So you’re thinking about moving to Iceland? Good call. In this post we will give you an introduction to finding work in Iceland. We will look at who can freely come and work here in Iceland, covering visa requirements and residency permits. We will also look at the types of work you could do and how to go about beginning your job search.
Living and working in a whole new country may feel like a daunting prospect. But the rewards are huge. You will have the excitement of meeting new people and discovering a fascinating new culture too. Then there is that real sense of pride and achievement once you have navigated the path. Visiting a country and living there are two very different experiences. Time spent getting to know somewhere slowly from the inside reveals so much more cultural richness. If you love visiting Iceland, you are going to adore living here. Just put one foot in front of the other, put a smile on your face and the rest will take care of itself.
Can I legally work in Iceland?
Citizens from the European Union or EEA countries are entitled to live and work in Iceland for a period of 90 days without a work permit. After that they will need to apply for an official tax card. This useful card entitles the holder to access all public services, from the health care system to libraries. If you have a steady job and can prove that you can comfortably support yourself in Iceland, then you should be granted a tax card without trouble. Those from countries outside of the EU or EEA should contact their closest Icelandic embassy for further information. But it is worth noting that it is a great deal more complicated and quite a lengthy process for citizens outside of the EU/EEA to achieve a work permit for Iceland. You should visit the Icelandic government website for further details.
What are the most common jobs in Iceland?
Iceland has all sorts of jobs on offer right across a variety of very different sectors. However, the most common jobs are certainly in the tourism and hospitality sectors. Tourism has skyrocketed in Iceland over the last decade and now accounts for around 30% of the country’s GDP. In response to this increase in tourism a multitude of shops, cafes, bars, restaurants and hotels have opened up to cater to all these new visitors. If you have experience in the customer service sector then you should have no trouble finding work, especially during high season. The high season in Iceland corresponds with the summer months of June to August. However, despite being busier at this time of year tourism is a year-round business in Iceland.
Related jobs in the tourism sector include marketing, driving and tour guiding, among many, many more. Who knows you could find yourself driving people in search of the Northern Lights or even becoming a tour guide to Iceland. Even if these are not your desired fields of work, they can be great stepping-stones to other work. Think of them as something to get you started in the country, meeting people and settling into life in Iceland.
Another important industry in Iceland is fishing. This accounts for upwards of 10% of Iceland’s GDP and 40% of its exports. Fisheries can be an interesting field to get into, but be aware that the fishing industry is not suited to all. It involves physical outdoor work often in some quite extreme conditions. Some people might well be up for the challenge, and it would certainly yield some interesting adventures.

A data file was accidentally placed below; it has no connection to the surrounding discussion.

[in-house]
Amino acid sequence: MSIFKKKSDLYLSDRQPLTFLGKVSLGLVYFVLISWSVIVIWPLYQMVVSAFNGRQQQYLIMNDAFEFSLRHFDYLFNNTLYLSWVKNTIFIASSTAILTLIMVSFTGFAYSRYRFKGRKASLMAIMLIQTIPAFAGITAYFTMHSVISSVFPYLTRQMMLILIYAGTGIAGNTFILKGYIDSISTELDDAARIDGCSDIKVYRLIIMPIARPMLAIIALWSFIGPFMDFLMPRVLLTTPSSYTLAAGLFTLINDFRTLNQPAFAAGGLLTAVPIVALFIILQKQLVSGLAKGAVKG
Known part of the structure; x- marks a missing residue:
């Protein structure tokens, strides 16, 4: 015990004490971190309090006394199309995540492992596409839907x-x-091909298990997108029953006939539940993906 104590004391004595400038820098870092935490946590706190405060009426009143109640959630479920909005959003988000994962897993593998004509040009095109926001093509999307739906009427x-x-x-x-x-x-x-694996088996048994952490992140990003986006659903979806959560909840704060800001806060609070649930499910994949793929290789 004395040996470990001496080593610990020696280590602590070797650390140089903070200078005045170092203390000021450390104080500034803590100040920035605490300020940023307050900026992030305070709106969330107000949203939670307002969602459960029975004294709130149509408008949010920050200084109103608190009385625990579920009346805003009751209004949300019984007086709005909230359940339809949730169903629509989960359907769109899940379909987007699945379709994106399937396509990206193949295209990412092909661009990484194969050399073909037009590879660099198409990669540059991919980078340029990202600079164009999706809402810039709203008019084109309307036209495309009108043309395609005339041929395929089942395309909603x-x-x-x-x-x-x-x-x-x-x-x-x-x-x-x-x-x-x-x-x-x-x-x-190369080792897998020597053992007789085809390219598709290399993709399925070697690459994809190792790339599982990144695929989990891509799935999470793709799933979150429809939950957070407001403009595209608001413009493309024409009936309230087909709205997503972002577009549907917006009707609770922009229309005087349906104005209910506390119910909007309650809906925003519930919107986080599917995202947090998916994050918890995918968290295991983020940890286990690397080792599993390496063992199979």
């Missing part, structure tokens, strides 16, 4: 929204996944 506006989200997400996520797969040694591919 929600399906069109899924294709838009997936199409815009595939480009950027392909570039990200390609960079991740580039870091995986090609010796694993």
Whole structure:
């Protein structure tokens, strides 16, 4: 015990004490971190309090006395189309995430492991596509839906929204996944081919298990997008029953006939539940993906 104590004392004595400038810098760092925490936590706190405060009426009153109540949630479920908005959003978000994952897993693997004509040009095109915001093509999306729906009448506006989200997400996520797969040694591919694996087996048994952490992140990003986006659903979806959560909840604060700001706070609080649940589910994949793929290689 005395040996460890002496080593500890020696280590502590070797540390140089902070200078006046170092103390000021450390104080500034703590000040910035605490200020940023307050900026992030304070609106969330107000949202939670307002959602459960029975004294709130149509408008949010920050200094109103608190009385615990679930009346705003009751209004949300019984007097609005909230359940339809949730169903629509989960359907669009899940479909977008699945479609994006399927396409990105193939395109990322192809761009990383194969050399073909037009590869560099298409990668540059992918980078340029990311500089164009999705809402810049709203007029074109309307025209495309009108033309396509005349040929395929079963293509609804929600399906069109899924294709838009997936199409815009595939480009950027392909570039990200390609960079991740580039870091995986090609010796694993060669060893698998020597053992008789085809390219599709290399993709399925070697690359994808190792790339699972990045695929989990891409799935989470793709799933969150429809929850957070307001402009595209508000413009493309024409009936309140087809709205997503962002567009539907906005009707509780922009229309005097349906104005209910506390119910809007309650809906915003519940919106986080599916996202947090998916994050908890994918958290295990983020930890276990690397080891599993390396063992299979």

How to find work in Iceland?
This depends on how quickly you need to find work and the sector you would like to work in. Your best bet is to do a little online research before you arrive. Have a look at online jobs boards or contact friends, or even friends of friends who you know in Iceland. Get your CV updated and maybe print out some copies to take with you.
For more casual work once you’ve arrived in Iceland good old word of mouth works well. Another avenue is to pick up the local newspaper and browse the listings. You can also simply ask around, look for ‘help needed’ signs in windows or pop into bars and restaurants to leave a copy of your CV.
Do I need to speak Icelandic?
You don’t have to speak Icelandic to get a job in the country, but it will be a far richer experience for you if you have a go. Nearly all of Icelandic people speak English, so you can certainly get by without a word of the language. If you are looking for work in the tourism sector then the most useful language is generally English. It can be quite a challenge to learn a whole new language and admittedly Icelandic is one of the more tricky languages to learn. It is quite a tonal language and there are many sounds that are challenging to get the hang of. It is a fun challenge though and you will be rewarded with a whole new insight into the country and its people.
What are my chances of finding a job in Iceland?
All in all, pretty good! The unemployment rate in Iceland is very low. In fact with such a small population (around 340,000) good workers are positively in demand. Much of the tourism industry centres around the capital city of Reykjavik. This is where the majority of the population lives and where nearly all visitors to Iceland will spend a few days at least. Having said that, there are many small tourism operations all over the country, including around the popular Golden Circle and ring road routes. These more distant villages and towns all need people to work in their hotels and restaurants. Getting to know small town Iceland will be whole other experience. Good luck and enjoy the ride!